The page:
The delicate job of waking the prime minister

Q & A with Dr. Ofer Keren, a veteran expert in brain rehabilitation at Jerusalem's Alyn Hospital.

By
January 12, 2006 01:37
4 minute read.
The delicate job of waking the prime minister

heart monitor 88. (photo credit: )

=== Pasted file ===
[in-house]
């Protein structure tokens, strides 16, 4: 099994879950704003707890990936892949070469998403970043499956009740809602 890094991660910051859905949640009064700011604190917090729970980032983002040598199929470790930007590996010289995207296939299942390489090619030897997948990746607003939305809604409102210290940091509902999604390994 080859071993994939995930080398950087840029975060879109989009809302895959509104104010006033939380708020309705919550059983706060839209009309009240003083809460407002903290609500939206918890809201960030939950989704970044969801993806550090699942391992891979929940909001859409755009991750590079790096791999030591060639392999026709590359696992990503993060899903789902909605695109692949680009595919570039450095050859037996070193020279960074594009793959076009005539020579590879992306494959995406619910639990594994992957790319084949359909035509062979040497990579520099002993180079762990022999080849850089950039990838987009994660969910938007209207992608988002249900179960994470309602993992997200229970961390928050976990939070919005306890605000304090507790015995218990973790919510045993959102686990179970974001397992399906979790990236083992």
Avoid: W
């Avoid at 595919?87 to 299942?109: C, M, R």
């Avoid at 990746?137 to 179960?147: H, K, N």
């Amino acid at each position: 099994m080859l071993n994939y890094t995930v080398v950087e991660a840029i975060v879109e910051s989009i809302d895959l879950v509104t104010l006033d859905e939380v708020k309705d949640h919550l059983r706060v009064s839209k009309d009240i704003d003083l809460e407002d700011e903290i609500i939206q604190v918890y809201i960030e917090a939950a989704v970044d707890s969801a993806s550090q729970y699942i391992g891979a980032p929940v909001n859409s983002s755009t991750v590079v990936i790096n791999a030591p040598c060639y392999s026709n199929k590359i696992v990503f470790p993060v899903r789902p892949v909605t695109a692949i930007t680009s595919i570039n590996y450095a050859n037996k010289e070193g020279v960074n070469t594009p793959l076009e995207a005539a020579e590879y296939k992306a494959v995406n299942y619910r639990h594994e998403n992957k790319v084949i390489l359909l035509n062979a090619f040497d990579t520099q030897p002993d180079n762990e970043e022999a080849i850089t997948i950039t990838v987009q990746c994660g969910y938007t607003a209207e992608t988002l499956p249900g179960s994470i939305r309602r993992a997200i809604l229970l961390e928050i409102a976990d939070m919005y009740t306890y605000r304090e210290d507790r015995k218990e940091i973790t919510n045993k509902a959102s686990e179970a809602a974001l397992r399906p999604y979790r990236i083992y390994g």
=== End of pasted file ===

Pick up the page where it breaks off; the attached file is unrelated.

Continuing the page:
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How does one determine whether a person remains unconscious because of the anesthesia drugs he received to keep him in an induced coma or whether it is due to any neurological or cognitive damage in the brain? A patient who is unconscious in such a situation is under the influence of anesthesia drugs. Only when they are completely eliminated from the brain and the patient does not regain consciousness can one blame something else - either damage to brain tissue, metabolic reasons or others. Brain tissue is fatty, thus it holds chemicals in the cells for a longer time than other cells, and it takes more time for the brain to be free of them. If a patient in a deep coma doesn't wake up, even after the brain is free of anesthesia drugs, can anything be done to trigger a return to consciousness? There is no drug or electrical stimulation that can do this. A patient may be physically unable to open his eyes because of paralysis, but usually they open spontaneously if brain damage does not prevent this. The medical staff can open the patient's eyelids for him, but they may show lack of communication with the environment if there is serious brain damage. What about music, sounds, relatives talking to him or the odor of favorite foods? There has been anecdotal evidence that people awake from a coma because of stimulation by loved ones or familiar things, but we don't have proof. There is some evidence that voices of relatives or hearing a familiar piece of music causes blood pressure to increase and other positive physiological signs, but that does not mean they trigger consciousness. This does not mean a patient will not regain consciousness without stimulation. It doesn't cause any harm, and the relatives probably get some relief because they feel they are doing something. In the past, it was thought that the patient had best be kept in complete silence. Then active stimulation was recommended. Today, we believe in a middle path. Too much noise can create overstimulation and cause the brain to block out the disruption. When should a coma patient be breathing completely on his own? When the anesthesia drugs wear off and the brain stem has not been damaged, gradually the patient begins to take the chore of breathing over from modern interactive respirators. The pace and depth of the patient's breathing are constantly checked to see if they are steady and the patient can manage on his own. When would hospital staffers feel they could do nothing more for a stroke patient? Is it better for him to get out of a general hospital, with its dangers of infections, and be moved to a rehabilitation facility? When the patient's vital signs are steady and when there is no more danger of infections, bleeding or complications, the patient should be moved to a rehabilitation facility even if he has not regained consciousness - and the sooner the better. When can one say whether a coma patient's cognition is OK or damaged? What tests are done? Is the wake-up sudden or gradual? Will the patient react with emotion? Neurological tests are conducted to check brain wave patterns. But the best way to know, if he has regained consciousness, is to speak to him, test his ability to hear, see, smell odors and respond to simple requests. The restoration of consciousness is almost always gradual, except in a case in which the patient had a concussion from being hit in the head by a ball, for example; in such a case, the patient often wakes up suddenly. But this is not so after brain surgery. The person who wakes up in a strange place, with unfamiliar things and people around him, can experience fear. But damage to parts of the brain can affect the emotional centers and produce a different reaction. When should a patient be put in a vertical position? This should be done as fast as medically possible, even before a person regains consciousness. There are special beds that rotate to hold the patient in a vertical position. This helps reduce the risk of bedsores. Do movements of arms and legs in response to pain stimuli mean that the comatose patient will not be paralyzed in those limbs? No, one can move reflexively, but not intentionally and consciously. Reflexes, however, are a good sign. There has been publicity for electric-stimulation devices that supposedly get paralyzed limbs to move. Is there anything to these claims? Claims for these devices are very exaggerated. The technique was developed for people with partial spinal injuries, and then they were applied to stroke and head injury patients. But the devices did not restore movement except in people with minimal damage and those who suffer from spasticity. Electrical stimulation may improve muscle tone, so there is less spasticity and then intentional movement can improve. Dr. Ofer Keren, a veteran expert in brain rehabilitation at Jerusalem's Alyn Hospital and previously at the Beit Loewenstein Rehabilitation Hospital in Ra'anana, assisted in the preparation of this article.

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